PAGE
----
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Published 23 Sep 2016

Principles of pervasive retail application design

By Jonathan Morgan

Principles that guide designers in creating applications for use in smart retail environments. The principles are the product of a structured review and analysis of more than 200 research studies, papers, and journal articles.

Be sure to check out pervasiveretaildesign.com for in-depth explanations, guidelines and references to all these principles.

Source: The Principles of Pervasive Retail Application Design

  1. Define the Actionable Context

    When designing applications for use in a ‘smart’ retail environment, it’s especially important to identify and prioritize the information that defines a shoppers’ “context”. Take time to understand the full breadth of contextual information available to you and you’re far more likely to find opportunities to support the shoppers’ need at a particular moment in time.

  2. Earn Their Trust

    Earning trust is difficult. It’s a long-term relationship nurtured by persistent and consistent good experiences. Lose a customers' trust in pervasive, beacon-powered applications, and they will be afraid to walk in (or near) your store. You thought building trust in eCommerce was tough, you haven't seen anything yet.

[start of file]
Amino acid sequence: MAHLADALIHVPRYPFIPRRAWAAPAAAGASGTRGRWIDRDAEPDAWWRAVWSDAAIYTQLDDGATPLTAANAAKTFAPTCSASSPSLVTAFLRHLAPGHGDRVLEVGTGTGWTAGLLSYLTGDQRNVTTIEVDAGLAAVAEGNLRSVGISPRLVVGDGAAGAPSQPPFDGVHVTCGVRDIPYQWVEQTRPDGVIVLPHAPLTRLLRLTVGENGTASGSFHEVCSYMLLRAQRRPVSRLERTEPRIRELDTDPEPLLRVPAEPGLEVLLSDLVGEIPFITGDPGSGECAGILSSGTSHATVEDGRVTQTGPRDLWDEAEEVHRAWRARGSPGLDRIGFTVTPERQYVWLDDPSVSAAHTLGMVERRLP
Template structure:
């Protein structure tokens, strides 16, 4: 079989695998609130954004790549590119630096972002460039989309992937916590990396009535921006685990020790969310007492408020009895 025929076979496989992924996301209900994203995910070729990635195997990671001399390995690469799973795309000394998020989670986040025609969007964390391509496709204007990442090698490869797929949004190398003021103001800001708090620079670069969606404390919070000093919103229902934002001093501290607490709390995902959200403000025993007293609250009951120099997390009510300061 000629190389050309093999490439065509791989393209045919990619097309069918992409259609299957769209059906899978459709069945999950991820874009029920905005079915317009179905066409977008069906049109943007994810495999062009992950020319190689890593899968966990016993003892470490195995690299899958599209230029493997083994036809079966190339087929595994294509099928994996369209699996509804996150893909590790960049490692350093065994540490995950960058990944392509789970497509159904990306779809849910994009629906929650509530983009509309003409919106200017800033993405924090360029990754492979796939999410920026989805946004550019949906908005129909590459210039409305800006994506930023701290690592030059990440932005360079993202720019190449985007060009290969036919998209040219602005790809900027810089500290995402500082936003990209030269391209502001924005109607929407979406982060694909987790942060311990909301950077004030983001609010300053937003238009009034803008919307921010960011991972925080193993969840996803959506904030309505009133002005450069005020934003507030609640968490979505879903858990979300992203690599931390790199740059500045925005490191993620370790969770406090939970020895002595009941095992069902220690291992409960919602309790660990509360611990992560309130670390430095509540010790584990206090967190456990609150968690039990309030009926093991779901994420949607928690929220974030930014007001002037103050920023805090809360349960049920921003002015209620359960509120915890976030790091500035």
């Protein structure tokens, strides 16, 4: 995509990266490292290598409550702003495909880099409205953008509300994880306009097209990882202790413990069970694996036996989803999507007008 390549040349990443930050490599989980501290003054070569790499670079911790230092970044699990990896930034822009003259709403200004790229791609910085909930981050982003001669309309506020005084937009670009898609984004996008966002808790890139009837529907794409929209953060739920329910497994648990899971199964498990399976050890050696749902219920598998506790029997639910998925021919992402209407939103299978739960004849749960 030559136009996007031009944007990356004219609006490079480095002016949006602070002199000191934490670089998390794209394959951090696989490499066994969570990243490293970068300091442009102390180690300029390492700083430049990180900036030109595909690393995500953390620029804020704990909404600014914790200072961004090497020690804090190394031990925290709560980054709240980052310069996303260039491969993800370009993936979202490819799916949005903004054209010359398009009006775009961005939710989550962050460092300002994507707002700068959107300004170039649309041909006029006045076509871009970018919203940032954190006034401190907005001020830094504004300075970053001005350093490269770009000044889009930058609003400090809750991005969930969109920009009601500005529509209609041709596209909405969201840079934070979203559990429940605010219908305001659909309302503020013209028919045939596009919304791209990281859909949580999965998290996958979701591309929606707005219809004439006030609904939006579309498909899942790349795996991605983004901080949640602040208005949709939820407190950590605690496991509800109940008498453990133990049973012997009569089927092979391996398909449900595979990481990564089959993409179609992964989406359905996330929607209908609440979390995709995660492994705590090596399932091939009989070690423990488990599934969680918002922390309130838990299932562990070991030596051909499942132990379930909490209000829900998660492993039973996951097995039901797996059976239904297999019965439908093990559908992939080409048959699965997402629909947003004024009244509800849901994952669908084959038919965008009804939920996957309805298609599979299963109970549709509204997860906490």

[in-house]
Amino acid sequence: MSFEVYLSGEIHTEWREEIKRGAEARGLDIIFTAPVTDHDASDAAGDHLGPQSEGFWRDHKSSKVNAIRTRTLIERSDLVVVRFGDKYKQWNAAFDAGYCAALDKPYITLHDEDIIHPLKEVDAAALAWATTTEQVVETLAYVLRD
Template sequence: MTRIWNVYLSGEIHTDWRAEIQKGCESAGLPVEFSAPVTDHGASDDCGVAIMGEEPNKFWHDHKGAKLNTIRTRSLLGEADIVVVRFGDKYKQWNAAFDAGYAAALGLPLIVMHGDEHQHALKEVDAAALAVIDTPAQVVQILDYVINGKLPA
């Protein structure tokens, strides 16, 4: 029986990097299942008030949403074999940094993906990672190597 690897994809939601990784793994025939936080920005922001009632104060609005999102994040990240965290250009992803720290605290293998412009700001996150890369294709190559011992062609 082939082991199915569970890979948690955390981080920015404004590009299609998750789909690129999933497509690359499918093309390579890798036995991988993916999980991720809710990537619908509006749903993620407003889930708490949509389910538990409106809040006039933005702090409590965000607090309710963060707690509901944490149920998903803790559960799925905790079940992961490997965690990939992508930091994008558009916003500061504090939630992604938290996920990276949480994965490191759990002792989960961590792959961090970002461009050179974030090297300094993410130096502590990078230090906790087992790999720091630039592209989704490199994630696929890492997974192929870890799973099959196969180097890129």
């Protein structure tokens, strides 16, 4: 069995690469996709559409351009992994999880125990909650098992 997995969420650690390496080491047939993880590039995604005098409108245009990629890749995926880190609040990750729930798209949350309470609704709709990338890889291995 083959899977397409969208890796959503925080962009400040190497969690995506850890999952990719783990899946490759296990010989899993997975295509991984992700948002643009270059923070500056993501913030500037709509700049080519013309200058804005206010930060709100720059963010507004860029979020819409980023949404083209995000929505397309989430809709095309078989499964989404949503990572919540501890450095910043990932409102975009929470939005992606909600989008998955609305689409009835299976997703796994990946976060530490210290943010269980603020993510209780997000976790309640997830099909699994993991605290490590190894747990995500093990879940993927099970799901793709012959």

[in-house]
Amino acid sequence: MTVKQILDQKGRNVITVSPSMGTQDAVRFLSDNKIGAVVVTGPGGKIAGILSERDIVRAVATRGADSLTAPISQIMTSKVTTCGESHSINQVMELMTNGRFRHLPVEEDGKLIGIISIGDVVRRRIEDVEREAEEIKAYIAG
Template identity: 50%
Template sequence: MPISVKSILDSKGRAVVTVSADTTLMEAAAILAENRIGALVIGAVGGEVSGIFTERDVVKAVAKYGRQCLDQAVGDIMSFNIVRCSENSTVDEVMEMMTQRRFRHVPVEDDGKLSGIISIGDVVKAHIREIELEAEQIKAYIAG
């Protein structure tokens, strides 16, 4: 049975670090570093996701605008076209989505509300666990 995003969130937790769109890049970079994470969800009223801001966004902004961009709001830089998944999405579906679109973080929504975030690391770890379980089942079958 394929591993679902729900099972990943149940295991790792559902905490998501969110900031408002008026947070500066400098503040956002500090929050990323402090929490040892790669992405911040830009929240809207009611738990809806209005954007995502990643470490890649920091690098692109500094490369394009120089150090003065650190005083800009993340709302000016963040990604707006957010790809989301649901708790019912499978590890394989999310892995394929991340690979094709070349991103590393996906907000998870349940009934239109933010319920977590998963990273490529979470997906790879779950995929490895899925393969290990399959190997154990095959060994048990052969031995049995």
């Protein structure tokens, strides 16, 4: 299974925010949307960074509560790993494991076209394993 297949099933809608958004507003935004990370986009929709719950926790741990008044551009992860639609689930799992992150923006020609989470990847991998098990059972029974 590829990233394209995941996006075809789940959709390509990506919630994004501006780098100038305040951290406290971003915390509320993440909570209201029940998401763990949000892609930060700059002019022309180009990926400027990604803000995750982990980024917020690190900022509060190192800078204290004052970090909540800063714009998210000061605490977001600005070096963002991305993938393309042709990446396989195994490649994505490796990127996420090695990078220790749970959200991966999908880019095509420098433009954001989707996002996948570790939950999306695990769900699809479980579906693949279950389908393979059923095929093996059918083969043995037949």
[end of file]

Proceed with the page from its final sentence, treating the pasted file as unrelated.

3. Give them what the real world can't

    Provide personalized tools and features that reduce the amount of thought and effort it takes to budget, plan and shop. Adapt interfaces to fit mental models of physical shopping -- borrow from what we have learned from eCommerce but execute specifically to support in-store, customer centric experiences.

  4. Reduce complexity of the physical environment

    Pervasive applications should simplify complex environments, much like subway maps simplify the view of a city. Complexity increases frustration, which diminishes the perceived value and loyalty to the brand. Brands benefit by helping shoppers focus on what's important to the shopper.

  5. Let them focus on the real-world

    Don't unnecessarily distract shoppers from natural interactions with the environment. Shoppers' primary focus is on their physical surroundings - work in the background and be there when they need you most. Design for contextually relevant attention through visual, auditory and haptic feedback.

  6. Emulate & augment the direct product experience

    Create a robust sensory experience with virtual products to allow self-guided exploration of the elements of the product that the shopper needs to make confident purchases.

  7. Keep the shopper moving

    Minimize distractions inherent to the environment and keep them moving to allow them to find essential products quickly. When we keep them moving towards their goal, we free their time to explore.

  8. Put the shoppers in control

    Accept the fact that pervasive applications can't be accurate 100% of the time. Allow shoppers to step in, turn off auto-pilot, and take control for themselves.

  9. Design for hyper-relevant experiences

    As our knowledge of our individual customers matures, we have the opportunity to shape hyper-relevant, deeply personal experiences -- ones that demonstrate that we “get them” and will give them what they need. We must provide value greater than the perceived risk of giving up information about themselves.

  10. Be fun, smart, attentive and efficient

    Design truly unique, useful and rewarding experiences. Make them fun, do some of the thinking for them, and most importantly, assume the shopper has better things to with their time than look at a screen.

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